okay bunny, since i am not available to serve as a beauty pageant judge, maybe we can get mathowie to do it.
posted by bruce at 10:23 AM on June 12 [1 favorite]


This article really exemplifies the strengths of longform blog journalism, and one of its problems.

The author has done a tremendous amount of research on some obscure individuals, coming up with as detailed and damning a pen-portrait of the UK in this period as any I've read. Post-imperial sleaze is nicely juxtaposed with light entertainment cheese, the Angry Brigade and nascent feminism. It reminds me of Andy Beckett's book on Britain in the 70s, which has a similar sense of a period in suspension between the wheels coming off one era of while the one that Thatcher was to initiate seems like a logical, if not yet inevitable future.

But God, does this need a copy-editor. I'm not talking New Yorker level, just a basic read-through by an attentive buddy would really serve the substance of the piece well.
posted by GeorgeBickham at 10:25 AM on June 12


It's a funny but also a slightly corrupt piece, echoing the very thing it derides by creating fun-house mirror acid portraits of people that are now safe to make fun of. It's entertainment like characters from a Dickens novel. But it captures the mood of the time and changes underway.

Found interesting the terrorist attacks that everyone ignored, so different from today. One of the judges just missed being blown up, 24hrs before appearing on the show, it went by without comment nor in the press.
posted by stbalbach at 10:48 AM on June 12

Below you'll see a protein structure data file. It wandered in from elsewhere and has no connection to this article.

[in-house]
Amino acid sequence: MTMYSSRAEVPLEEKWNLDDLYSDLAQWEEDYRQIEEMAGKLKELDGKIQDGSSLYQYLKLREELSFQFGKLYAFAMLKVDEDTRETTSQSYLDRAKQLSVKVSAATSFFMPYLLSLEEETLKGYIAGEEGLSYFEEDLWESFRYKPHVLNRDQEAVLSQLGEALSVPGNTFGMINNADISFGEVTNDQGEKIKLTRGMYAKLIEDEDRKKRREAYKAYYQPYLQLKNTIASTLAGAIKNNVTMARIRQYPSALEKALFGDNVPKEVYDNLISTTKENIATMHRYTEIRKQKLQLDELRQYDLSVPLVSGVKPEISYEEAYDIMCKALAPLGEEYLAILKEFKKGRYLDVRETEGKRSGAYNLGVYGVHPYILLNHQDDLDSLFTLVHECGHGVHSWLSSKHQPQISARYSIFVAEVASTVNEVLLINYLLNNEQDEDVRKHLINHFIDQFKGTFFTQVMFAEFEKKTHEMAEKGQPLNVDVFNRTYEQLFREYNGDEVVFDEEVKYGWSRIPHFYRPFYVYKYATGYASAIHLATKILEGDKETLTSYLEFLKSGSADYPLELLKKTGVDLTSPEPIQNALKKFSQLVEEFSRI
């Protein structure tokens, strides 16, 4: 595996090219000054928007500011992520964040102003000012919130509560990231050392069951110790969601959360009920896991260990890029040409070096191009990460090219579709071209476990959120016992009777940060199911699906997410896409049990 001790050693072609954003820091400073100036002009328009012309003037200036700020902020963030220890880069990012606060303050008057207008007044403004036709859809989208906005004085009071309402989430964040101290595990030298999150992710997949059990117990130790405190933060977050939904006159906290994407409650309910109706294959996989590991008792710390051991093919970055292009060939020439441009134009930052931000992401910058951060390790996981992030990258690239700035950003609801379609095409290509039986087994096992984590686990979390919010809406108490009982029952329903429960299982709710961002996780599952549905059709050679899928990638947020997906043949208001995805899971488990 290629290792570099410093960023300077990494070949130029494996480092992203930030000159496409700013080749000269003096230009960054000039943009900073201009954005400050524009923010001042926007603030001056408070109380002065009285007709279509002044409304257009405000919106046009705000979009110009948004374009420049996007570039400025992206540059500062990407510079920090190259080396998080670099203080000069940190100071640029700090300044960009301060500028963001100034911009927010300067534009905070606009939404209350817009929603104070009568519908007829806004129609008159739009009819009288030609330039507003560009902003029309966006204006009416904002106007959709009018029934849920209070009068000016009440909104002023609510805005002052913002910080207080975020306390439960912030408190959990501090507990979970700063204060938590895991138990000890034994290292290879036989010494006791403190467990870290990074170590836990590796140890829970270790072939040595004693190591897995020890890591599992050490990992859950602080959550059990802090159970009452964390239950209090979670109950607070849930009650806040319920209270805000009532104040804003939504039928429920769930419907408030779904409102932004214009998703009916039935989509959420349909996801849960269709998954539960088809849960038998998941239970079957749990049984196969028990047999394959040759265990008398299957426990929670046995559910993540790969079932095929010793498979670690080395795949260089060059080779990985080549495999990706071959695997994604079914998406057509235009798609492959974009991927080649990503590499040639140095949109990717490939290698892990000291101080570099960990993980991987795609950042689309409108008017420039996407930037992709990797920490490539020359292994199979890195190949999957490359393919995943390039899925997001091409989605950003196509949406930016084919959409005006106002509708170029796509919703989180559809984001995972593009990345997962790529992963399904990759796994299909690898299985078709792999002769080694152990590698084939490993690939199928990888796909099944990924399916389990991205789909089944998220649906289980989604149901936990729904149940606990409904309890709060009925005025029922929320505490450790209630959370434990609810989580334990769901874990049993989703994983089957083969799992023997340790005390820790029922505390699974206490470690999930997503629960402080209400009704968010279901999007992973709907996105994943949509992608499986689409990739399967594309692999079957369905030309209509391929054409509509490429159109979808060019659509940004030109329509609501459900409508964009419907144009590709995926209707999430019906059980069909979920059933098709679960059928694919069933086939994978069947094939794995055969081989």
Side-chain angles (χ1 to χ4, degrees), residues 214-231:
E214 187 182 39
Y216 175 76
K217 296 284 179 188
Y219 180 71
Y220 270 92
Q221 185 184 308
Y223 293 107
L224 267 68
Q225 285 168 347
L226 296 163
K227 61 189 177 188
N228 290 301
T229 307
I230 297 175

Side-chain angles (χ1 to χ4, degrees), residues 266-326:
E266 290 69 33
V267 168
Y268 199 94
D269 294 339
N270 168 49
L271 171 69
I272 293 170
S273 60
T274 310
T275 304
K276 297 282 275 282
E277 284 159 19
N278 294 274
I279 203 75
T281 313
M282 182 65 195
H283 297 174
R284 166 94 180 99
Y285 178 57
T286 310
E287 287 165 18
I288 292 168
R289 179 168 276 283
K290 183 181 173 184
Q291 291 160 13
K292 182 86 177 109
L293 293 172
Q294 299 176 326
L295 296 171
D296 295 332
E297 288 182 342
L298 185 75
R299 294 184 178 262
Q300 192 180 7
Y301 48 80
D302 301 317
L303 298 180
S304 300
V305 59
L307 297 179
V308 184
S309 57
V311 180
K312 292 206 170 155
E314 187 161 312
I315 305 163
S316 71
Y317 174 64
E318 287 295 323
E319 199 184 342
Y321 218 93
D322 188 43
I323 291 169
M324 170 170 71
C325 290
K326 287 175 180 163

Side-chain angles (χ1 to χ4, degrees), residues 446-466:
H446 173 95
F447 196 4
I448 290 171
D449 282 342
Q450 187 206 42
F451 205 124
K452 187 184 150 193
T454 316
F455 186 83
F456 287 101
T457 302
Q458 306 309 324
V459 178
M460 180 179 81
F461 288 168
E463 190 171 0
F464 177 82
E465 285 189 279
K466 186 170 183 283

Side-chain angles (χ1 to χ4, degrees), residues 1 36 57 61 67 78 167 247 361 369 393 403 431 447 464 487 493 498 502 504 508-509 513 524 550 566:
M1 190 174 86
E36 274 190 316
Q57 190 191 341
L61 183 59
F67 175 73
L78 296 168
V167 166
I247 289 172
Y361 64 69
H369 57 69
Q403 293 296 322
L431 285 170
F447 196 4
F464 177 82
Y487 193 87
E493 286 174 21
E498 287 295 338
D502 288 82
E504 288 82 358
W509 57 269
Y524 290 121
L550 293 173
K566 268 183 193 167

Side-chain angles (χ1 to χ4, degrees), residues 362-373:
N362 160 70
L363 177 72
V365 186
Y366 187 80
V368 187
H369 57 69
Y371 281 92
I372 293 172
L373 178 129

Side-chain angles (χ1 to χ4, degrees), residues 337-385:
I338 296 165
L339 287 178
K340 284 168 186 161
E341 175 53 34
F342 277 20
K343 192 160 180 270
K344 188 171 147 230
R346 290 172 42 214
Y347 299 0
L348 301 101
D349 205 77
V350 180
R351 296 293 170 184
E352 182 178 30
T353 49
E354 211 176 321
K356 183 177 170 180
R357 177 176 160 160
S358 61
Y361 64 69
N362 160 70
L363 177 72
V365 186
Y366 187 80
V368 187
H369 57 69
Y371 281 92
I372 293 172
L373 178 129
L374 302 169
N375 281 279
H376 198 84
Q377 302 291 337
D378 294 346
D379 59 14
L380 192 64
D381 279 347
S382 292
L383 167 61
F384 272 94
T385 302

Ruthless Bunny, I clicked on your link to "Tragic price paid by women for beauty obsessed Venezuela" but did not progress beyond the 30 second ad for Restalin that preceded it. Ironic, no?
posted by alltomorrowsparties at 11:02 AM on June 12 [1 favorite]


Ruthless Bunny, I clicked on your link to "Tragic price paid by women for beauty obsessed Venezuela" but did not progress beyond the 30 second ad for Restalin that preceded it. Ironic, no?

We all aspire to the heights of beauty achieved by the women of Venezuela. Filler! I need more filler!
posted by Ruthless Bunny at 12:30 PM on June 12


I am so glad to have a President who isn't into golf.

Are you joshing? Obama plays a lot of golf.

http://ftw.usatoday.com/2014/01/obama-golf-slow-president-hawaii

To compare, George W. Bush played only 24 rounds of golf during his two terms.
posted by codswallop at 2:57 PM on June 12 [1 favorite]


IIRC, Obama had never played golf before becoming President. I think there's some kind of brain parasite in the White House.
posted by Kirth Gerson at 4:33 AM on June 13


It started with Eisenhower a golf fanatic. But it's not just America, the President's Cup: US, Australia, South Africa, Canada.
posted by stbalbach at 9:00 AM on June 15